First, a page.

Managing the confusing and complex array of symptoms of menopause can become easier with Chinese herbal medicine, a type of traditional Chinese medicine treatment that is based on the premise that everything moves or changes. The circulation of vital energy (Chi) animates and invigorates the organs and the rest of the body. This circulation depends on maintaining equilibrium between the complementary yet opposing forces of Yin and Yang. The development of disease may imply an imbalance between Yin and Yang and/or that the flow of Chi has been disrupted.
In traditional Chinese medicine, the human body has twelve main meridian channels that are responsible for the health of the body. Because it stores Jing (Kidney energy), the Kidney meridian–organ system is extremely important in the treatment of menopausal symptoms. The Jing is where Yin and Yang originate and they regulate the movement of Qi through all the other organ-meridian systems.
The importance of the Kidney organ-meridian system in women with menopause is due to its governance of the adrenal glands, ovaries, skeletal structure, brain, teeth, kidneys, inner ear, urethra, fluids, hormones, and other substances produced by the kidneys, adrenals and ovaries, as well as the physiological functions of growth fluid, reproduction, and balance during all ages.
Menopause – Its Signs and Symptoms
Menopause usually starts by the age of 45. This is the time when few primordial follicles stay in the ovaries to produce egg (mature ovum). As a result, there is not enough production of progesterone and estrogen to bring about a normal monthly cycle.
When menopause starts, the first sign may be a change in a previously regular menstrual cycle, either in a missed period duration or volume; onset of hot flushing, excessive perspiration and sweaty palms or clamminess; moods changes including depression and anxiety; the exacerbation or occurrence of pre-menstrual symptoms (headaches , breast pain, and fluid retention); changes in the skin (dryness and lessened elasticity particularly of the vagina resulting in dyspareunia or pain during intercourse); cramps and numbness especially at night; changes in body shape, loss of sexual desire, and joint pains.
Chinese Herbal Medicine for Treatment of Menopausal Symptoms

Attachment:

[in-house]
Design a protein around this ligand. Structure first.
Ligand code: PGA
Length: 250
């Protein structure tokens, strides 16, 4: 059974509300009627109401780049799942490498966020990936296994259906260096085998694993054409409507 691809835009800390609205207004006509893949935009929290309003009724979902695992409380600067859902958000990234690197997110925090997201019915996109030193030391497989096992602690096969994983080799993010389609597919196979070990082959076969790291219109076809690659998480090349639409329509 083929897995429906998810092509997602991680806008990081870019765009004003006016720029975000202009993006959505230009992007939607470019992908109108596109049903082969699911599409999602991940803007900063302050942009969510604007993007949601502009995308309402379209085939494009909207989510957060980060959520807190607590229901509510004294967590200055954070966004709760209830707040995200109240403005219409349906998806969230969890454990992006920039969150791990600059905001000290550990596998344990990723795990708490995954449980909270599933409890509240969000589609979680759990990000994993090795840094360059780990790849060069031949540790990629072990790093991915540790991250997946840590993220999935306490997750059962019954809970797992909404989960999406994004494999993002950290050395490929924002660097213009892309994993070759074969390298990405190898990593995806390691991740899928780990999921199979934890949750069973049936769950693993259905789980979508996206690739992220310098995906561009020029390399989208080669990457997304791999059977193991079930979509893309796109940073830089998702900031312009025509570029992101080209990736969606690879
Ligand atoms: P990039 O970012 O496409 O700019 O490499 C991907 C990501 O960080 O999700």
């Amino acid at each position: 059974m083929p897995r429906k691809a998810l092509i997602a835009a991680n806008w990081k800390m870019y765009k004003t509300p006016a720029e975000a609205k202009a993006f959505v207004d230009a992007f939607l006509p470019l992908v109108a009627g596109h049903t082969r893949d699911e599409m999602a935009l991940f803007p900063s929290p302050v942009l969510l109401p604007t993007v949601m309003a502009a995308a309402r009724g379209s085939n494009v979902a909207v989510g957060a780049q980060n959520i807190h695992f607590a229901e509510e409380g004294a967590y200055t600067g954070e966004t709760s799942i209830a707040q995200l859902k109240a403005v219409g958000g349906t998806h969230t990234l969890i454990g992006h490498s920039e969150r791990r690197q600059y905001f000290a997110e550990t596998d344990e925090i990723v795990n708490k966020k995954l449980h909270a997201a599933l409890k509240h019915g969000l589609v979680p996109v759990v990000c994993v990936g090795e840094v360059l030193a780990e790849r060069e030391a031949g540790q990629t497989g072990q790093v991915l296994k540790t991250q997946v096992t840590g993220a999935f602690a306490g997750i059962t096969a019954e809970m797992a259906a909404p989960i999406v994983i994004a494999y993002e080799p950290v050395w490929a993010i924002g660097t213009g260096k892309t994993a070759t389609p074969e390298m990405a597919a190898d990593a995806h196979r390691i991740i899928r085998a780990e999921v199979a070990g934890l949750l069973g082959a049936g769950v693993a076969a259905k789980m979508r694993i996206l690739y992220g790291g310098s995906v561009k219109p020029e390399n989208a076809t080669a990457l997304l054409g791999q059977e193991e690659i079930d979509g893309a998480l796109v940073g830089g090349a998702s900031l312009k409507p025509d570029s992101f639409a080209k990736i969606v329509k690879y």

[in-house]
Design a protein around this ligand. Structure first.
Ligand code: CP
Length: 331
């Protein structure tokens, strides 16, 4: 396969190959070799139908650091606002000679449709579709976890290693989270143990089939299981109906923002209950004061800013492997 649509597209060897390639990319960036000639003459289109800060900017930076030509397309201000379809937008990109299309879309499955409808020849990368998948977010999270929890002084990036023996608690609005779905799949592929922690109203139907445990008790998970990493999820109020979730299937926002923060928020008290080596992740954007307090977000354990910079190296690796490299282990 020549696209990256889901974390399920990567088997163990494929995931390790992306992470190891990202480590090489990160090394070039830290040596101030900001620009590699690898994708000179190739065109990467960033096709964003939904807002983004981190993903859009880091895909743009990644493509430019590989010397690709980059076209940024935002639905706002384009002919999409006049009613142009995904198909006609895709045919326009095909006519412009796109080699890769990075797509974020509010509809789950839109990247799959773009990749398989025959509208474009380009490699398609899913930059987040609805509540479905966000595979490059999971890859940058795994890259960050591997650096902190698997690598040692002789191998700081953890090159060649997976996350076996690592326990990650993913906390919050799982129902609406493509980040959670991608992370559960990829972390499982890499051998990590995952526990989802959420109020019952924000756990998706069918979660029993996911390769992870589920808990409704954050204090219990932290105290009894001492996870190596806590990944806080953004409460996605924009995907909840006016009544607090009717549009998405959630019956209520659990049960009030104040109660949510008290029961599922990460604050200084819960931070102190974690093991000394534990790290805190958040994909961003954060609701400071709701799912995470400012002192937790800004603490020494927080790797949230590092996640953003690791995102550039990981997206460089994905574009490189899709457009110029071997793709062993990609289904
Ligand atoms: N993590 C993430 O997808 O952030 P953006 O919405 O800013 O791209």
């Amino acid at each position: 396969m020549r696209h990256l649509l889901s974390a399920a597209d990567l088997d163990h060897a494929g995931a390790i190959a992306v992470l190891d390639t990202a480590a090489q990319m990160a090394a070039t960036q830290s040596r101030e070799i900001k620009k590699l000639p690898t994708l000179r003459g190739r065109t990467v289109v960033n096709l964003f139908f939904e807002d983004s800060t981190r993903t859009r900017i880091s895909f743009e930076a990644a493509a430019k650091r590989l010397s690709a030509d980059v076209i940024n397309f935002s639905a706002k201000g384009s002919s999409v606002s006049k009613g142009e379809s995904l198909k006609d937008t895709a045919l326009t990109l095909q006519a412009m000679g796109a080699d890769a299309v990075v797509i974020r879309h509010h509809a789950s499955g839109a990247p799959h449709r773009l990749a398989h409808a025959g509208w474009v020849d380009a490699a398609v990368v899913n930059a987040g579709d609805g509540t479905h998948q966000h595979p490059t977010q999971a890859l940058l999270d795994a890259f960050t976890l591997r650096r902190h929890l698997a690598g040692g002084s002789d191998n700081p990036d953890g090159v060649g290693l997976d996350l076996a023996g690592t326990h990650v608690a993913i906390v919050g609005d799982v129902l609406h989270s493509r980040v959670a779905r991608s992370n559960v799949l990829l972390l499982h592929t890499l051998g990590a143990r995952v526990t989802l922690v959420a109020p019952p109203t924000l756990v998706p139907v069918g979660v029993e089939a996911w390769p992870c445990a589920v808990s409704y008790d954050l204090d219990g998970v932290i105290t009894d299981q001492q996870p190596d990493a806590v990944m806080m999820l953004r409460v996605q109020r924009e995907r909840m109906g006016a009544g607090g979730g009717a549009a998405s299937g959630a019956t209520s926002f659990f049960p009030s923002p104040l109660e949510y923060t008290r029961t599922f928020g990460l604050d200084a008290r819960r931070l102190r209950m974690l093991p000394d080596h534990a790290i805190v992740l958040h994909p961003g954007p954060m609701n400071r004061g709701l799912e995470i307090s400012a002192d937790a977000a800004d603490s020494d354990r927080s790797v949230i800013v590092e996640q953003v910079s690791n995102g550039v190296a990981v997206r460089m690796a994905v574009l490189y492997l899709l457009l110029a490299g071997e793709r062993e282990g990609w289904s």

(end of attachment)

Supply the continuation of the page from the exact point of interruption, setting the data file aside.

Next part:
The focus of Traditional Chinese management of menopause is in balancing yin and yang and restoring Jing to regulate the functions of various tissues and organs that the Kidney organ-meridian system governs. According to Western medicine, this approach aims to
? Relieve mood swings, mild anxiety, insomnia, and irritability
? Treat profuse sweating and hot flushes and regulate hormonal function
? Resolve vaginal and skin dryness
? Boost genital sensitivity and sexual vitality
? Enhance bone integrity
The Chinese Herbs Used in Alleviating the Symptoms of Menopause
Kudzu (Pueraria lobata) – This herb is infused with isoflavonoids and phytoestrogens which have specific health benefits during menopause. In postmenopausal women, Kudzu prevents or slows down bone loss and relieves hot flushes. Its extract has estrogenic effects on vaginal tissue to address dyspareunia and vaginal dryness and to bring back vaginal membrane or epithelial integrity.
Anemarrhena asphodeloides – This herb contains steroidal saponins that improve hormone function. It can also be used as a tonic for the Kidney Yin that possesses nourishing (tonic), moistening (mucogenic), and cooling (refrigerant) qualities that can help reduce profuse sweating and hot flushes, lubricate vaginal dryness, and reinforce the adrenal glands to replace ovaries as the producer of hormones in the body after the cessation of menstruation.
Morinda officinalis and Epimedium sagittatum – They are used to tonify Kidney Yang. When used together, these two herbs reinforce Yang, provide warmth to the Kidney organ-meridian, and strengthen Yang. Both herbs have hormone regulating activity that assists in restoring sexual vitality, psychological motivation, and physical drive. Both Morinda officinalis and Epimedium sagittatum are urogenital tonics and aphrodisiacs that besides helping dispel sexual disinterest also resolve urinary incontinence and bladder weakness. Being an adaptogen, Morinda gives the body the ability to boost its resistance to stress. Epimedium is deemed biphasic which means that while it tonifies Kidney Yin, it also fortifies Yang preventing it from rising and causing flushing and heat in the upper body.
Angelica polymorpha – In Chinese medicine, this is a very popular herb, and is used for so many female health issues. Because it invigorates and nourishes Hsue (Chinese word for ‘blood’), angelica polymorpha is also considered a ‘female ginseng.’ It also harmonizes Chi which is helpful in the treatment of low vitality, fatigue, recuperation from childbirth, pelvic pain, and dysmenorrhea (painful menstruation). Studies have shown that Dong Quai is best used when combined with other herbs. It is an ideal remedy for people suffering from Yin deficiency, a condition that usually develops in menopause (frequency and intensity of hot flushes).
Dr. Nelya de Brun, AP, DAOM
Classical Oriental Medicine, LLC
3459 Woolbright Rd
Boynton Beach, FL 33436